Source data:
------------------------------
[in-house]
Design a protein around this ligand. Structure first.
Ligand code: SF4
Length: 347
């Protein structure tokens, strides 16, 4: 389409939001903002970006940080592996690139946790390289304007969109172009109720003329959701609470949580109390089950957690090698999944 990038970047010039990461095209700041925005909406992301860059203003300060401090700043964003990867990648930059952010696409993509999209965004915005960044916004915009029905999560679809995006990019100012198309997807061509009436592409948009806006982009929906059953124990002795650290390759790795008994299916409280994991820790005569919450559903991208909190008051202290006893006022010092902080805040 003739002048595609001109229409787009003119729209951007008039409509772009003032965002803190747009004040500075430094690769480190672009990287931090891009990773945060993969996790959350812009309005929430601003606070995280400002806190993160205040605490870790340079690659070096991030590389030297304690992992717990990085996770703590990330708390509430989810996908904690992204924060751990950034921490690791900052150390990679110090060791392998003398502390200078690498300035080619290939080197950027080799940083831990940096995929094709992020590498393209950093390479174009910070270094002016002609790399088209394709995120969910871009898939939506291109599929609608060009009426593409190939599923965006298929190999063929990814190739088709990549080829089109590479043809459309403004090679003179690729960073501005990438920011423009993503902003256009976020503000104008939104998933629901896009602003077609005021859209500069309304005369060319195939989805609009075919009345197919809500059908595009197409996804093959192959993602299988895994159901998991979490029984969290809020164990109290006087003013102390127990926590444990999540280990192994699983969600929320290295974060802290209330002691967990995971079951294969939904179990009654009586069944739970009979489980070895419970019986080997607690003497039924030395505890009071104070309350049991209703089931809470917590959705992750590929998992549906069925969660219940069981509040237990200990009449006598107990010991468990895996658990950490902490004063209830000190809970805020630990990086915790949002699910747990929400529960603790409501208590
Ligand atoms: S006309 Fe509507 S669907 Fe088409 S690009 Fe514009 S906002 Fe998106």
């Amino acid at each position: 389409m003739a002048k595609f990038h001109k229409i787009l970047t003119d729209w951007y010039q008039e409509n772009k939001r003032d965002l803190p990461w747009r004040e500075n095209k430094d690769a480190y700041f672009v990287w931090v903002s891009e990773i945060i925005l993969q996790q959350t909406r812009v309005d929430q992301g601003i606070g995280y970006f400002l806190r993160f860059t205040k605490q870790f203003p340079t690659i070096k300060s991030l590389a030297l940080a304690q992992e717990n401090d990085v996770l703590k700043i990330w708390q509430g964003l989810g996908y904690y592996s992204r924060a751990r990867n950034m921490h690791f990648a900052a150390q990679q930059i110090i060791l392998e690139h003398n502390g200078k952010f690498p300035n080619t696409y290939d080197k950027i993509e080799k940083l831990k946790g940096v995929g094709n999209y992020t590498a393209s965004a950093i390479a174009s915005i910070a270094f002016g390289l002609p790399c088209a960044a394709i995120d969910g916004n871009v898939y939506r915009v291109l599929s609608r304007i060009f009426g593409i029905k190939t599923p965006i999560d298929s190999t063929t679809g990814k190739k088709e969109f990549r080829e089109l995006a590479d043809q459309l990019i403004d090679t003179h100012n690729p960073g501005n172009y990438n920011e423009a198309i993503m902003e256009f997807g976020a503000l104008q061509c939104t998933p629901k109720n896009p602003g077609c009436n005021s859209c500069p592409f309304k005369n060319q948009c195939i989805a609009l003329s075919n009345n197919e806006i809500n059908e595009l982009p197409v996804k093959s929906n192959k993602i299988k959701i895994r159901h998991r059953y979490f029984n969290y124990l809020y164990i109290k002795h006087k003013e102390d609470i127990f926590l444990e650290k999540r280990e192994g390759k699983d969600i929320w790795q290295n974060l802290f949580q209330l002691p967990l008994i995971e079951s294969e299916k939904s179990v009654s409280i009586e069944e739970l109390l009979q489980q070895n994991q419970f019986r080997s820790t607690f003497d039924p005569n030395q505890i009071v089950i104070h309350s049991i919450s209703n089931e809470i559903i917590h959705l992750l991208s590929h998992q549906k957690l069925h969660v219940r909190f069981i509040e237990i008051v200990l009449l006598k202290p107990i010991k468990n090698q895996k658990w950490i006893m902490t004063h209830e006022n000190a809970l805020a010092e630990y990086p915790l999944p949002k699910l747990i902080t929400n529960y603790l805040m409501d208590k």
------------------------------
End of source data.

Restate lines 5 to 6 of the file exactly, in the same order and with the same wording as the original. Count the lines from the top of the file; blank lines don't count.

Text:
């Protein structure tokens, strides 16, 4: 389409939001903002970006940080592996690139946790390289304007969109172009109720003329959701609470949580109390089950957690090698999944 990038970047010039990461095209700041925005909406992301860059203003300060401090700043964003990867990648930059952010696409993509999209965004915005960044916004915009029905999560679809995006990019100012198309997807061509009436592409948009806006982009929906059953124990002795650290390759790795008994299916409280994991820790005569919450559903991208909190008051202290006893006022010092902080805040 003739002048595609001109229409787009003119729209951007008039409509772009003032965002803190747009004040500075430094690769480190672009990287931090891009990773945060993969996790959350812009309005929430601003606070995280400002806190993160205040605490870790340079690659070096991030590389030297304690992992717990990085996770703590990330708390509430989810996908904690992204924060751990950034921490690791900052150390990679110090060791392998003398502390200078690498300035080619290939080197950027080799940083831990940096995929094709992020590498393209950093390479174009910070270094002016002609790399088209394709995120969910871009898939939506291109599929609608060009009426593409190939599923965006298929190999063929990814190739088709990549080829089109590479043809459309403004090679003179690729960073501005990438920011423009993503902003256009976020503000104008939104998933629901896009602003077609005021859209500069309304005369060319195939989805609009075919009345197919809500059908595009197409996804093959192959993602299988895994159901998991979490029984969290809020164990109290006087003013102390127990926590444990999540280990192994699983969600929320290295974060802290209330002691967990995971079951294969939904179990009654009586069944739970009979489980070895419970019986080997607690003497039924030395505890009071104070309350049991209703089931809470917590959705992750590929998992549906069925969660219940069981509040237990200990009449006598107990010991468990895996658990950490902490004063209830000190809970805020630990990086915790949002699910747990929400529960603790409501208590
Ligand atoms: S006309 Fe509507 S669907 Fe088409 S690009 Fe514009 S906002 Fe998106």